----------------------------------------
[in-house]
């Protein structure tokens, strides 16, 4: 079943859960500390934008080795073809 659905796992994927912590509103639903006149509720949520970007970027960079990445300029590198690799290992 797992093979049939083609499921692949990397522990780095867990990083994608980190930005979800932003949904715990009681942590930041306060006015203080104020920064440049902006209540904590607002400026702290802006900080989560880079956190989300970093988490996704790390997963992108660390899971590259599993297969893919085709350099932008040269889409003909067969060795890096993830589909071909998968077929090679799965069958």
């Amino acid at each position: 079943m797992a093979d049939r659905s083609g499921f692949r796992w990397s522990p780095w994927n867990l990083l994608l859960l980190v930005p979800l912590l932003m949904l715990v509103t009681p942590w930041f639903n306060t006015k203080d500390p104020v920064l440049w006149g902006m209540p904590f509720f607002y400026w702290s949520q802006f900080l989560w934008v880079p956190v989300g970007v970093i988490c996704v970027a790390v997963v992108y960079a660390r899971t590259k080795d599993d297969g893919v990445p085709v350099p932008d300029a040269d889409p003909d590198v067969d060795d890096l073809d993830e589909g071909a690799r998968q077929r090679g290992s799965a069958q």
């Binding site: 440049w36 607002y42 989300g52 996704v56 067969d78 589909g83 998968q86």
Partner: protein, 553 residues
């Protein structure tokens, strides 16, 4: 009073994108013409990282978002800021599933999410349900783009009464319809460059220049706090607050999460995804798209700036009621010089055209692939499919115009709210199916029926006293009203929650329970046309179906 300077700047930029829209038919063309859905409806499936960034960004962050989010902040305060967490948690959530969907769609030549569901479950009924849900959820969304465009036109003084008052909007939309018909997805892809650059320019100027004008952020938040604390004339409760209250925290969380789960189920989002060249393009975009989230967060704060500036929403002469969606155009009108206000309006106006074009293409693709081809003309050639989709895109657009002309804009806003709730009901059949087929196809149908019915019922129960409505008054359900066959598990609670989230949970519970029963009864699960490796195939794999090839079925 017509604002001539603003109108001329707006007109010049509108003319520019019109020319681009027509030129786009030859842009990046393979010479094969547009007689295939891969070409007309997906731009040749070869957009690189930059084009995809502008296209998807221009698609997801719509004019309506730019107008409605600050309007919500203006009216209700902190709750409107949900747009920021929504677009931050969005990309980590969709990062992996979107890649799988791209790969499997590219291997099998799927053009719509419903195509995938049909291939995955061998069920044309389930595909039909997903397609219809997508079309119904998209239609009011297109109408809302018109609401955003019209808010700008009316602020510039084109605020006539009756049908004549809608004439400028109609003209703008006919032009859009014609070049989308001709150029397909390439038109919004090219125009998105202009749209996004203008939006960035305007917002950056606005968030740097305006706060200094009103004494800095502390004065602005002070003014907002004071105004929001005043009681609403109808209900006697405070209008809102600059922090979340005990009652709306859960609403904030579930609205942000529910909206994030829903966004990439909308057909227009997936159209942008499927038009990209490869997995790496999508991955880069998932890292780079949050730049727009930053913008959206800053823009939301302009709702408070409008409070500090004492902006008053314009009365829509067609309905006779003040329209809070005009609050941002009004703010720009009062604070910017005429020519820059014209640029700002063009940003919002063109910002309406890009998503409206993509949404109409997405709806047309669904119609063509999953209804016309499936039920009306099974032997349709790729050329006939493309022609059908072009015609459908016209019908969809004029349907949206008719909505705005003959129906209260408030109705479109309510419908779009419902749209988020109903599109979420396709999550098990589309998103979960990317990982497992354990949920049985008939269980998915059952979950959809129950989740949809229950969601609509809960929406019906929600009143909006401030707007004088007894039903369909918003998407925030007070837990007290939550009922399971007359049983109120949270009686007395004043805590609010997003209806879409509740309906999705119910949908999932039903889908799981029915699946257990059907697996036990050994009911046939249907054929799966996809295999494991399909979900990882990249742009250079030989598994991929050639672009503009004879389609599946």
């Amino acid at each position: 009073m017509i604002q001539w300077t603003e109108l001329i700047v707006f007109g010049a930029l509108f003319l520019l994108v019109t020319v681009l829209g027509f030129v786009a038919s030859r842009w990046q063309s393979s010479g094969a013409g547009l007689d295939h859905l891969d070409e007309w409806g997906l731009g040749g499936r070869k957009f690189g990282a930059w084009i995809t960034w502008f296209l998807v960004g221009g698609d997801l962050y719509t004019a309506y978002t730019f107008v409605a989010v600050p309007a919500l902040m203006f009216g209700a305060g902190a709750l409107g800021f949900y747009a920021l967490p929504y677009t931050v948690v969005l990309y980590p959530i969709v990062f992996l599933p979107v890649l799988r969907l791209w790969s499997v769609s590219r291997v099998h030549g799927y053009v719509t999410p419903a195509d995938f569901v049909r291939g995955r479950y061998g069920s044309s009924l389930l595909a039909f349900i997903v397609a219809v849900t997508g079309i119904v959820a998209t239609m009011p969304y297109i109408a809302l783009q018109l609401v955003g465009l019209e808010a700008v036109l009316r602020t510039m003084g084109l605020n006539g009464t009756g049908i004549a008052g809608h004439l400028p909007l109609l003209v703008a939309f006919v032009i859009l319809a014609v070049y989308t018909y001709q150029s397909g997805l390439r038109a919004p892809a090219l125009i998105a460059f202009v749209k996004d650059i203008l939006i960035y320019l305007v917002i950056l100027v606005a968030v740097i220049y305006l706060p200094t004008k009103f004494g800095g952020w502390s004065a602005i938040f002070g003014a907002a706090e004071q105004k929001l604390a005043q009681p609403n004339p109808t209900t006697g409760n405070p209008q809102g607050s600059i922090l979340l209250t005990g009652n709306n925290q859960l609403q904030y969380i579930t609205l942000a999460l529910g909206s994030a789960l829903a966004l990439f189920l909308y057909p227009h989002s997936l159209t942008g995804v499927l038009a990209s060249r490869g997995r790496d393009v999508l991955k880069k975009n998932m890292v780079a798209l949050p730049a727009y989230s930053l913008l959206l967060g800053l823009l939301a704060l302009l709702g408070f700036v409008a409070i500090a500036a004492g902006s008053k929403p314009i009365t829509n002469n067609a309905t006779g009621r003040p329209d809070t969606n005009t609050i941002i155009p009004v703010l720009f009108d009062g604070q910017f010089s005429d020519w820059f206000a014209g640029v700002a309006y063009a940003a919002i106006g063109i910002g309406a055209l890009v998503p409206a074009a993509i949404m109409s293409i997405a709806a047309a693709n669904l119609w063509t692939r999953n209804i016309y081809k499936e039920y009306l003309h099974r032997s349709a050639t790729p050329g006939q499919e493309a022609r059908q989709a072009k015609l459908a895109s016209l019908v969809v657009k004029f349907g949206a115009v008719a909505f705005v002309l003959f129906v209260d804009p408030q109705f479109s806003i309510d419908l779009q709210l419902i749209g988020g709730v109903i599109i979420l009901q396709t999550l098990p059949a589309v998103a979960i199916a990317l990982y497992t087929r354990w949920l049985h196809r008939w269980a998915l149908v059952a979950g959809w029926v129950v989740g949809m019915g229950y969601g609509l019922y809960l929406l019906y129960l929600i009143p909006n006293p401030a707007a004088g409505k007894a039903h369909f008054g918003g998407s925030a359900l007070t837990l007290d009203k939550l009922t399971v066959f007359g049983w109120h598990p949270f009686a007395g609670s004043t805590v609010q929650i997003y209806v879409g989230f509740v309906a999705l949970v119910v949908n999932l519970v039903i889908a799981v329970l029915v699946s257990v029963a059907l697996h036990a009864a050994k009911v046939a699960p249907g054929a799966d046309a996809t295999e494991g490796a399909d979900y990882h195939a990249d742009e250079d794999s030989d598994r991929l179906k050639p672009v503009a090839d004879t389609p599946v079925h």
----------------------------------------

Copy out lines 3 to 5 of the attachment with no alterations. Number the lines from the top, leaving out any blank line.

């Amino acid at each position: 079943m797992a093979d049939r659905s083609g499921f692949r796992w990397s522990p780095w994927n867990l990083l994608l859960l980190v930005p979800l912590l932003m949904l715990v509103t009681p942590w930041f639903n306060t006015k203080d500390p104020v920064l440049w006149g902006m209540p904590f509720f607002y400026w702290s949520q802006f900080l989560w934008v880079p956190v989300g970007v970093i988490c996704v970027a790390v997963v992108y960079a660390r899971t590259k080795d599993d297969g893919v990445p085709v350099p932008d300029a040269d889409p003909d590198v067969d060795d890096l073809d993830e589909g071909a690799r998968q077929r090679g290992s799965a069958q």
């Binding site: 440049w36 607002y42 989300g52 996704v56 067969d78 589909g83 998968q86």
Partner: protein, 553 residues